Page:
Can AVR's PWM go to zero?

Go To Last Post
7 posts / 0 new
Author
Message
#1
  • 1
  • 2
  • 3
  • 4
  • 5
Total votes: 0

 

I'm trying to make a sign for our RV.  Solar charged (I hope, so far, no joy).  The processor will read the output of the solar cell, and based on the light sensed, change the PWM signal to the LEDs in the sign.   So at full light, the LEDs are off, then as evening approaches, the LEDs are lit up more, until darkness when the LED's are at a minimum (because in full darkness, the sign doesn't need to be nearly as bright to be seen.  But at dusk, it need to be a little bit brighter to be seen in the remaining light).

 

But I do have one question, and that is, will the PWM output go to zero, like, turn off?  Or is the minimum a single count (or something else?).

 

I know I can turn it off manually.   I'm just wondering if I can pick a value, and the PWM signal will go to zero.

 

I'm struggling a bit with the timers.   I get the basics, like capture.  But kinda struggling with the PWM bits.   Seeing some odd stuff, like lots of jitter.   I can't seem to relate different things, like output to various registers.  Like "changing this, has this effect".   That part, I'll get, I just need to play with it more and keep reading some of the tutorials that are here. (Dean's tutorial has helped a good bit with the basics, and another titled "Using AVR Timers/Counters" seems to be more of what I'm looking for (dude, sign yer work!)   More time with a scope will help  (finally got a new one!  yay!)

 

One of the things I am seeing, is the PWM always seems to have a pulse, like there is no zero.  That's why I ask.   

Just gettin' started, again....

  • 1
  • 2
  • 3
  • 4
  • 5
Total votes: 0

With 'Fast PWM', you have a choice.  You can use normal compare output mode which gets you duty cycles from 1/256 through 256/256, or you can use inverting compare output mode which gets you duty cycles from 255/256 through 0/256.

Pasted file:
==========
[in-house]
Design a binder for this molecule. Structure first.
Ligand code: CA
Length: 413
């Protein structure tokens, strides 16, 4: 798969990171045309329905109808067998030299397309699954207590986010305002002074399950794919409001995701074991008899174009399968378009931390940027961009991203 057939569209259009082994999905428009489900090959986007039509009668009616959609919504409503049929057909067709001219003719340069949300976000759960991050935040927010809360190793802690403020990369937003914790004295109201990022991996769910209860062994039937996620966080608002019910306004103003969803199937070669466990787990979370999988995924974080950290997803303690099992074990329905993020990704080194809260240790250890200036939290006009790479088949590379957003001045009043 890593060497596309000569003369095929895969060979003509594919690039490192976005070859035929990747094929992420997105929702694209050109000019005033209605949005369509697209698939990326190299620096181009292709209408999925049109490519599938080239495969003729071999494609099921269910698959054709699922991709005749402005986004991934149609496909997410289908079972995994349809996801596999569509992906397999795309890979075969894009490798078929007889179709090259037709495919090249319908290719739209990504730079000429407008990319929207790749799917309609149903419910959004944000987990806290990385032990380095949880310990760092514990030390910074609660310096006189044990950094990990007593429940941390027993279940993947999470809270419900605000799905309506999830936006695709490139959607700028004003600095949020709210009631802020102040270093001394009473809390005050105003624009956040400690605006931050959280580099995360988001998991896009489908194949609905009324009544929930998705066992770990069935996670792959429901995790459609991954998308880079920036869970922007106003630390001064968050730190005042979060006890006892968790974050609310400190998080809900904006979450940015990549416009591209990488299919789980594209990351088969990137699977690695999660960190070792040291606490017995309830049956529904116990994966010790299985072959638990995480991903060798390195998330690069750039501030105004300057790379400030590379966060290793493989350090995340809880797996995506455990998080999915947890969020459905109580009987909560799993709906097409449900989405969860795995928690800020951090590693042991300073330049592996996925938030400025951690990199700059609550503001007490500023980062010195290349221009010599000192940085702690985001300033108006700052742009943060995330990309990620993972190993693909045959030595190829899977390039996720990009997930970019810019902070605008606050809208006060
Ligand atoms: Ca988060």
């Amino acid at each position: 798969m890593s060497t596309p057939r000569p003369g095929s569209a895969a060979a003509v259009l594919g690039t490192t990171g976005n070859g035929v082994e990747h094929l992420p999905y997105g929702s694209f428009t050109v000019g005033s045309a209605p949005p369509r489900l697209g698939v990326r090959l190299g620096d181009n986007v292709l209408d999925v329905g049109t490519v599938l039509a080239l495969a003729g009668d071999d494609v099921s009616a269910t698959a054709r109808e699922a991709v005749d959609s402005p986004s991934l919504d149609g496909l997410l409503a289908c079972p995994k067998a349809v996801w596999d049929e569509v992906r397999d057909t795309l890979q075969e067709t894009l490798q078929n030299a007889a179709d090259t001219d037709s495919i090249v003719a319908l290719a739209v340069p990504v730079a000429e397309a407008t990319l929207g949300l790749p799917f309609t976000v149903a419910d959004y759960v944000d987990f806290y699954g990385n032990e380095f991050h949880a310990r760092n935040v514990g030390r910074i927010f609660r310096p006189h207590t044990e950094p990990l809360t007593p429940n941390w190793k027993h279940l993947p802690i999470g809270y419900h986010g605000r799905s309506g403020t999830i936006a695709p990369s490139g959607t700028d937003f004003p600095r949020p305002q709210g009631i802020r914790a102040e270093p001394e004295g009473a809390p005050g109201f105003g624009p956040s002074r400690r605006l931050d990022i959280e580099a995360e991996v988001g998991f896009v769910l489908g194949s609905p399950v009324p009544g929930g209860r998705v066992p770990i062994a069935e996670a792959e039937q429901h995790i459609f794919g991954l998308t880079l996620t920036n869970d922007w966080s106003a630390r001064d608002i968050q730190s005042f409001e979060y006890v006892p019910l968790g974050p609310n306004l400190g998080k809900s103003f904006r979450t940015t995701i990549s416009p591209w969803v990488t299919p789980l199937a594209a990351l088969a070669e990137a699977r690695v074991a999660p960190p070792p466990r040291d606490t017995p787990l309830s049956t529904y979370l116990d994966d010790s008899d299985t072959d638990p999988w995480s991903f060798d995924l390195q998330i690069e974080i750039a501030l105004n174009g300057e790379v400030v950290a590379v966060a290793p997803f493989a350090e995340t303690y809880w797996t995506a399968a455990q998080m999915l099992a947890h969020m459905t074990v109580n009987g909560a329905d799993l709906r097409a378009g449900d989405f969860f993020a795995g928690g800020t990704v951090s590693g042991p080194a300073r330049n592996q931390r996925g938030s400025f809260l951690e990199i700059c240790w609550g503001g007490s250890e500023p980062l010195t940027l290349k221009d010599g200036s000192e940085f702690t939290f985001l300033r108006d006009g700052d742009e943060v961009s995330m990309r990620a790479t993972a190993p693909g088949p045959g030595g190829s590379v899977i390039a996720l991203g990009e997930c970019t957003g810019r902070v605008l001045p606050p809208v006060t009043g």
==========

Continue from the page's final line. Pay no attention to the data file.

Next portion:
With 'Phase Correct PWM' and 'Phase and Frequency Correct PWM', you get both full off and full on, with 0/255 through 255/255.

"Experience is what enables you to recognise a mistake the second time you make it."

"Good judgement comes from experience.  Experience comes from bad judgement."

"Wisdom is always wont to arrive late, and to be a little approximate on first possession."

"When you hear hoofbeats, think horses, not unicorns."

"Fast.  Cheap.  Good.  Pick two."

"We see a lot of arses on handlebars around here." - [J Ekdahl]

 

  • 1
  • 2
  • 3
  • 4
  • 5
Total votes: 0

OK, thank you for that.   I'm pretty sure I couldn't get the zero because of the numbers I had.

 

I need to spend a lot more time with it, but may not be able to until next week.   Too much stuff I don't want to do this weekend.... bah!   Start with mode one, and just try everything, then mode two... etc...

 

Beastly little things though.

Just gettin' started, again....

  • 1
  • 2
  • 3
  • 4
  • 5
Total votes: 0

 which gets you duty cycles from 1/256

IIRC there are a few AVRs that don't have 0 PWM output as an option.

The Timer/Counter module has a "feature" where it still puts out a pulse when the PWM value is set to zero.

It IS documented in the data sheet.

The first time one encounters it, however, it is quite a surprise.

 

The workaround for this hardware bug is to test for 0 PWM and if so then invert the output and set it for 255, when then gives a 0 output.

Or set the PWM off and simple set the bit to output, low.

 

An O'scope is incredibly useful in learning about the PWM options, and its quirks.

 

JC

  • 1
  • 2
  • 3
  • 4
  • 5
Total votes: 0

That kinda makes sense.  The way *I* see it, to modulate something, you have to have something in the first place.  If there's no output, it's not "modulated" at all.

 

That's one reason I'm having a hard time, I just not got to the point where I can put a scope on it and check it out and see what's happening.   Too many, um, conflicts around here to actually sit here and work on something like I want to.  My fiance's girl child is staying with us (or should I say "freeloading" with us....).

 

I'm sure I'm going to have to check the values of the solar cell and adjust the output accordingly anyway.

Just gettin' started, again....

  • 1
  • 2
  • 3
  • 4
  • 5
Total votes: 0

As Joey said, the trick is to use inverted output, so you get 255 to 0 instead of 1 to 256.

  • 1
  • 2
  • 3
  • 4
  • 5
Total votes: 0

The voltage output of a solar cell saturates at low lux values (ie. after dawn and before dusk) and it will also vary depending on how much current is being drawn from it.
LEDs have a reasonaby linear lux-output versus average-current relationship.
The human-eye has a logarithmic response to lux.
TLDR ;
Create a LUT with 4 (or so) values to drive your PWM.